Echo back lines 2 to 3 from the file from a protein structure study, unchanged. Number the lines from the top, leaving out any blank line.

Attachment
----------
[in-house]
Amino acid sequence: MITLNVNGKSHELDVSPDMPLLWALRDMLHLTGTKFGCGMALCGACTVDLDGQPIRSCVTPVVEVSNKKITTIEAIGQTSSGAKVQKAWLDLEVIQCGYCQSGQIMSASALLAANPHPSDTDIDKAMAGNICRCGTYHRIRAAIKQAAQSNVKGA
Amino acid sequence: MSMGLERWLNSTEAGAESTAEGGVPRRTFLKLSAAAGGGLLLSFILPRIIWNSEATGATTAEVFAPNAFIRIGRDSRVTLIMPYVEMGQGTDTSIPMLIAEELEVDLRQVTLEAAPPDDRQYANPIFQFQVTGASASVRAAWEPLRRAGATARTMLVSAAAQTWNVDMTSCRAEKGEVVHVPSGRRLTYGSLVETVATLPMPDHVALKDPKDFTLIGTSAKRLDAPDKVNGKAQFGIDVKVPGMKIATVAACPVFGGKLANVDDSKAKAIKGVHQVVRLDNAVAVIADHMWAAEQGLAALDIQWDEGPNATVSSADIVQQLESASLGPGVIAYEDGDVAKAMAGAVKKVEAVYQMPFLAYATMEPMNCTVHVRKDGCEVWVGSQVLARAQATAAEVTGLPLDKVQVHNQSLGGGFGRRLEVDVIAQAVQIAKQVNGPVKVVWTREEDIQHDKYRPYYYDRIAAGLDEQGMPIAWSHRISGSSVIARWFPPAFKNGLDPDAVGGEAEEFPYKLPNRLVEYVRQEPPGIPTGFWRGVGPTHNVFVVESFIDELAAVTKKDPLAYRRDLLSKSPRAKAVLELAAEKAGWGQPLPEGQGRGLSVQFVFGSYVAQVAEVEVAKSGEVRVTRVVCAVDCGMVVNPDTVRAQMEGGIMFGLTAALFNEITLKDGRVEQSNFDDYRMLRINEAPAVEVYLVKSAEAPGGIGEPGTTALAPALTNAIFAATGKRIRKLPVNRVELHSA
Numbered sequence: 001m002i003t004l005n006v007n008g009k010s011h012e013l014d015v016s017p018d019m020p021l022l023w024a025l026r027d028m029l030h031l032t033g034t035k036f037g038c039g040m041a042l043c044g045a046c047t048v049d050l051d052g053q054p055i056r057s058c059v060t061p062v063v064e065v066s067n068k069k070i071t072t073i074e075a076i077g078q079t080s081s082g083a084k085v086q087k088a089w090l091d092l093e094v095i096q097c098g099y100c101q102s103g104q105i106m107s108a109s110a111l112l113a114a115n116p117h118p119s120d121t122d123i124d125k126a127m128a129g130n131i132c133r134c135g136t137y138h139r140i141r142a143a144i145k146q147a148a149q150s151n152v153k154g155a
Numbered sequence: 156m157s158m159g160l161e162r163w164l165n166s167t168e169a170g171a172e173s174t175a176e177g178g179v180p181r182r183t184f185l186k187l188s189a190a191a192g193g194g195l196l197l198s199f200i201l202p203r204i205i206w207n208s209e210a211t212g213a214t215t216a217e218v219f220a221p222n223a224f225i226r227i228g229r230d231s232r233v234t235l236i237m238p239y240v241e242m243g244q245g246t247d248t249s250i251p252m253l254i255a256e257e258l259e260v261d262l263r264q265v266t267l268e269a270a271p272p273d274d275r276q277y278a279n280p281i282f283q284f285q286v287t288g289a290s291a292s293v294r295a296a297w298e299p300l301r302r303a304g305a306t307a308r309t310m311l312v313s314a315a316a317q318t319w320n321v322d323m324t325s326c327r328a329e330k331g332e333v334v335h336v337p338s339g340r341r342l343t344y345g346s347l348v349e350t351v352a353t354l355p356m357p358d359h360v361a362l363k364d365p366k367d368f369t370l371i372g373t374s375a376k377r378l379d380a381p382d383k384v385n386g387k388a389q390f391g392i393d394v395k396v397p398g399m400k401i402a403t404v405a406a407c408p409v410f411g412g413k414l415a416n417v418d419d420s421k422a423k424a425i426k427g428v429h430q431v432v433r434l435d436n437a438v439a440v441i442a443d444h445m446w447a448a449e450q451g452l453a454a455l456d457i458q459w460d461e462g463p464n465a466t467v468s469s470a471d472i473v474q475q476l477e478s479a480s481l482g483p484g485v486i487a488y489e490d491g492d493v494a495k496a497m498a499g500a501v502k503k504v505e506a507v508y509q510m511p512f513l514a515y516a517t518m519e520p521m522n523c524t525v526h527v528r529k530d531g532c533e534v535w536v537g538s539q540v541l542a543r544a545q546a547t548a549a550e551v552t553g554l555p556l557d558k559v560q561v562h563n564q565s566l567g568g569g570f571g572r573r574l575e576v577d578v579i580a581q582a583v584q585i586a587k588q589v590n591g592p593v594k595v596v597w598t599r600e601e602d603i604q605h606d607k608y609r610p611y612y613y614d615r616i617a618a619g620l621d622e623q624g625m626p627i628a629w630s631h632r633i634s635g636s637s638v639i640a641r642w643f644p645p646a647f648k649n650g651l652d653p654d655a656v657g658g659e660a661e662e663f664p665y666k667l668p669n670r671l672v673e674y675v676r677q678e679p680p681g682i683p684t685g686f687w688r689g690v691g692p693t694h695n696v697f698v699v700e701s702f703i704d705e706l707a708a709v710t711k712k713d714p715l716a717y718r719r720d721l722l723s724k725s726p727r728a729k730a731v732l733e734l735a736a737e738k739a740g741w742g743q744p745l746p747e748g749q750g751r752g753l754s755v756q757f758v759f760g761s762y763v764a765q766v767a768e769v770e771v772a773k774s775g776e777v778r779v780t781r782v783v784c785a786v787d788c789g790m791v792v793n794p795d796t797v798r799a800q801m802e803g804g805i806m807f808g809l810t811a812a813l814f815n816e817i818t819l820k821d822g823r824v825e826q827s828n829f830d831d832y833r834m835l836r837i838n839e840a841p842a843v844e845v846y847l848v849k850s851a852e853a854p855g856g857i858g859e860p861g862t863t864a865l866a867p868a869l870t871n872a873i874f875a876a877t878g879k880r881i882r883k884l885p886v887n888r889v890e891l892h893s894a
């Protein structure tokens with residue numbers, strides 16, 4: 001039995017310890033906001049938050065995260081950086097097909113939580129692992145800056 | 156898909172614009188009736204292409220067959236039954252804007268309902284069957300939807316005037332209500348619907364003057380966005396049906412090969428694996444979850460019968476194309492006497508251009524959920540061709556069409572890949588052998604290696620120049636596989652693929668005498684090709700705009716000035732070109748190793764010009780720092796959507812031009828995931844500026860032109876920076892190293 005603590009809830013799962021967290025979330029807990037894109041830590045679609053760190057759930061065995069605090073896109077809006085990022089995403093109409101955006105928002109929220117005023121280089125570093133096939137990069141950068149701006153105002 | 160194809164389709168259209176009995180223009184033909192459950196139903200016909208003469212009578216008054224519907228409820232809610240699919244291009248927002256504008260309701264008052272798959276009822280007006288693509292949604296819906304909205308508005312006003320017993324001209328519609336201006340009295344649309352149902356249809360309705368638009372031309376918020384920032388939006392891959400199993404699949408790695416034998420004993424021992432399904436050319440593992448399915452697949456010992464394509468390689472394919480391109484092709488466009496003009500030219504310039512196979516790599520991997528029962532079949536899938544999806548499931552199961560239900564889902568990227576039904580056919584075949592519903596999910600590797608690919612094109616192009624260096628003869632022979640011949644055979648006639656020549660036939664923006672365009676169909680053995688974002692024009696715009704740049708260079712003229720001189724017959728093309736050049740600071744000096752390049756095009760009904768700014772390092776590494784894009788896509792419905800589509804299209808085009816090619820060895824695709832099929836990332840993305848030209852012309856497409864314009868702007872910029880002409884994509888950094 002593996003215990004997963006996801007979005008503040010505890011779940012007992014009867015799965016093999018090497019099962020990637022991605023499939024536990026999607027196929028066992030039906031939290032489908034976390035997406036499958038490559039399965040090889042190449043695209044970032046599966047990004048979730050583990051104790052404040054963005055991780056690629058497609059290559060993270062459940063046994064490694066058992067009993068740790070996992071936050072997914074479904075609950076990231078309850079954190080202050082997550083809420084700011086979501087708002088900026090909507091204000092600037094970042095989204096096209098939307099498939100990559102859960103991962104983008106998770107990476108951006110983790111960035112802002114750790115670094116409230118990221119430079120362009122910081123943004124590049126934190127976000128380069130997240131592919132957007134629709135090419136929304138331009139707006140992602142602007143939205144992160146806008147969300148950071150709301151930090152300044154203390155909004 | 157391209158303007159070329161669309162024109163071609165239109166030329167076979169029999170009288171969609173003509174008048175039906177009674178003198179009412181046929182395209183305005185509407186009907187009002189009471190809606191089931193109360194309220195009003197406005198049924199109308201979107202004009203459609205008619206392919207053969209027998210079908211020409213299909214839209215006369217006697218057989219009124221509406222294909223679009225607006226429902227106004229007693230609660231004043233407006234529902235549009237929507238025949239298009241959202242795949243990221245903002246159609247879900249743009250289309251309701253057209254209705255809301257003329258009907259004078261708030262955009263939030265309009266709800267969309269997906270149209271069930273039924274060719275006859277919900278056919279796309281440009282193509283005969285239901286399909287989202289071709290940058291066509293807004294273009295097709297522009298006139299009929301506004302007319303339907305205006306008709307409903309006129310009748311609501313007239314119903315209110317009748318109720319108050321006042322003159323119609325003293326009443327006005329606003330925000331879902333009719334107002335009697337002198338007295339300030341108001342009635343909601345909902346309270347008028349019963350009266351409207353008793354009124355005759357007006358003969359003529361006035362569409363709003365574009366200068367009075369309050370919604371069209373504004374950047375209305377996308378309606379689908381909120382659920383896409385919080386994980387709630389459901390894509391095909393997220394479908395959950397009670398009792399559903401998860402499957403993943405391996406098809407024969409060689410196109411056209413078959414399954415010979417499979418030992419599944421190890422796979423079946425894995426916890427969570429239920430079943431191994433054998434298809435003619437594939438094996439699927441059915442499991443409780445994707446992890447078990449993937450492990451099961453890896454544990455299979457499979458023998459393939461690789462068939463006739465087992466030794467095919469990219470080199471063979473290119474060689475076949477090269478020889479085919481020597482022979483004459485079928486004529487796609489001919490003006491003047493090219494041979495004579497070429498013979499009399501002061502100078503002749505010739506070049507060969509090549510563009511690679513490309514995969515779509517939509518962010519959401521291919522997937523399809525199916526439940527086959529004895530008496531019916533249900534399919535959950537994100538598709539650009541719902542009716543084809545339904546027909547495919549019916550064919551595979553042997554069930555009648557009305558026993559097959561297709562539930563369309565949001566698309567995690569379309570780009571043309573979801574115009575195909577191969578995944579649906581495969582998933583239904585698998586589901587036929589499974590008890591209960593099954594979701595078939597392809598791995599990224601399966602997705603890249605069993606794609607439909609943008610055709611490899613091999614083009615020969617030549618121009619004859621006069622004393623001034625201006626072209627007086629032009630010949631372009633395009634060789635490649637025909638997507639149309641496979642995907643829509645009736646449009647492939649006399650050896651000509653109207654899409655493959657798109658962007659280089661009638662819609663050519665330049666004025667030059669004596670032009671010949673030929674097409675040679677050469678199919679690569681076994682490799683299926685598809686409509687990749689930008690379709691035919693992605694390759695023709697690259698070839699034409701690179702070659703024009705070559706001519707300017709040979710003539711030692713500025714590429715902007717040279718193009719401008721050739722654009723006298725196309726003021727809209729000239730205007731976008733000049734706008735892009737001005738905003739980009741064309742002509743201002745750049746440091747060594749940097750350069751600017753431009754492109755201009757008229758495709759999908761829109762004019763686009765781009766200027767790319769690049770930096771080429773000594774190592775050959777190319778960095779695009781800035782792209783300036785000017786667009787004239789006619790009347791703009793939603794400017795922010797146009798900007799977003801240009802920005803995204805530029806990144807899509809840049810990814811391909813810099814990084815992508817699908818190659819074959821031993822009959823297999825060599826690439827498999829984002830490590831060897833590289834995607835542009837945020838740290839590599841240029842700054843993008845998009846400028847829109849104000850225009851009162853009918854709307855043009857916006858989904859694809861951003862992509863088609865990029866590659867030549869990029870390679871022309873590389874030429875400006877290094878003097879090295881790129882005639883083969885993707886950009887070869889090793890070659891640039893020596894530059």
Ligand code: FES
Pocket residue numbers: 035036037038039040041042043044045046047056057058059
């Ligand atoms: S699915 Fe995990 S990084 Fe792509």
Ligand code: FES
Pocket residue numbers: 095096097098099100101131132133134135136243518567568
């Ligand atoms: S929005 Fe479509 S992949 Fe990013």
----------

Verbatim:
Amino acid sequence: MITLNVNGKSHELDVSPDMPLLWALRDMLHLTGTKFGCGMALCGACTVDLDGQPIRSCVTPVVEVSNKKITTIEAIGQTSSGAKVQKAWLDLEVIQCGYCQSGQIMSASALLAANPHPSDTDIDKAMAGNICRCGTYHRIRAAIKQAAQSNVKGA
Amino acid sequence: MSMGLERWLNSTEAGAESTAEGGVPRRTFLKLSAAAGGGLLLSFILPRIIWNSEATGATTAEVFAPNAFIRIGRDSRVTLIMPYVEMGQGTDTSIPMLIAEELEVDLRQVTLEAAPPDDRQYANPIFQFQVTGASASVRAAWEPLRRAGATARTMLVSAAAQTWNVDMTSCRAEKGEVVHVPSGRRLTYGSLVETVATLPMPDHVALKDPKDFTLIGTSAKRLDAPDKVNGKAQFGIDVKVPGMKIATVAACPVFGGKLANVDDSKAKAIKGVHQVVRLDNAVAVIADHMWAAEQGLAALDIQWDEGPNATVSSADIVQQLESASLGPGVIAYEDGDVAKAMAGAVKKVEAVYQMPFLAYATMEPMNCTVHVRKDGCEVWVGSQVLARAQATAAEVTGLPLDKVQVHNQSLGGGFGRRLEVDVIAQAVQIAKQVNGPVKVVWTREEDIQHDKYRPYYYDRIAAGLDEQGMPIAWSHRISGSSVIARWFPPAFKNGLDPDAVGGEAEEFPYKLPNRLVEYVRQEPPGIPTGFWRGVGPTHNVFVVESFIDELAAVTKKDPLAYRRDLLSKSPRAKAVLELAAEKAGWGQPLPEGQGRGLSVQFVFGSYVAQVAEVEVAKSGEVRVTRVVCAVDCGMVVNPDTVRAQMEGGIMFGLTAALFNEITLKDGRVEQSNFDDYRMLRINEAPAVEVYLVKSAEAPGGIGEPGTTALAPALTNAIFAATGKRIRKLPVNRVELHSA